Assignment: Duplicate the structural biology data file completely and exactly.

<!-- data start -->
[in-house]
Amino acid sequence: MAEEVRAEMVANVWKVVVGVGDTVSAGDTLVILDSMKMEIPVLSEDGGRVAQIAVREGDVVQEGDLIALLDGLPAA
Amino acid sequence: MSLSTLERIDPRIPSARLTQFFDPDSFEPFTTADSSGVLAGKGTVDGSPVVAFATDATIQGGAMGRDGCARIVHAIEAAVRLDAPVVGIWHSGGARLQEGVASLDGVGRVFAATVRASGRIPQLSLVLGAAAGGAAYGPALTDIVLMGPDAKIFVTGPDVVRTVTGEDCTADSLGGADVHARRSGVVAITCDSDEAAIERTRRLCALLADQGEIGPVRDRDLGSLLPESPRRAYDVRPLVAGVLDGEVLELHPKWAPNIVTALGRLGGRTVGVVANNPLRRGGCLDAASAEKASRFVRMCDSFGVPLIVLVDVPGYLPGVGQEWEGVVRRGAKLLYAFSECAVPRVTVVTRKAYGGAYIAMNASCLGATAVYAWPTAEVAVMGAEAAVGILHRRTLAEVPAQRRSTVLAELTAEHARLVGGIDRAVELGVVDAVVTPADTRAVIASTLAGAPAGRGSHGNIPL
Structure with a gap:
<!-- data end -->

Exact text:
[in-house]
Amino acid sequence: MAEEVRAEMVANVWKVVVGVGDTVSAGDTLVILDSMKMEIPVLSEDGGRVAQIAVREGDVVQEGDLIALLDGLPAA
Amino acid sequence: MSLSTLERIDPRIPSARLTQFFDPDSFEPFTTADSSGVLAGKGTVDGSPVVAFATDATIQGGAMGRDGCARIVHAIEAAVRLDAPVVGIWHSGGARLQEGVASLDGVGRVFAATVRASGRIPQLSLVLGAAAGGAAYGPALTDIVLMGPDAKIFVTGPDVVRTVTGEDCTADSLGGADVHARRSGVVAITCDSDEAAIERTRRLCALLADQGEIGPVRDRDLGSLLPESPRRAYDVRPLVAGVLDGEVLELHPKWAPNIVTALGRLGGRTVGVVANNPLRRGGCLDAASAEKASRFVRMCDSFGVPLIVLVDVPGYLPGVGQEWEGVVRRGAKLLYAFSECAVPRVTVVTRKAYGGAYIAMNASCLGATAVYAWPTAEVAVMGAEAAVGILHRRTLAEVPAQRRSTVLAELTAEHARLVGGIDRAVELGVVDAVVTPADTRAVIASTLAGAPAGRGSHGNIPL
Structure with a gap: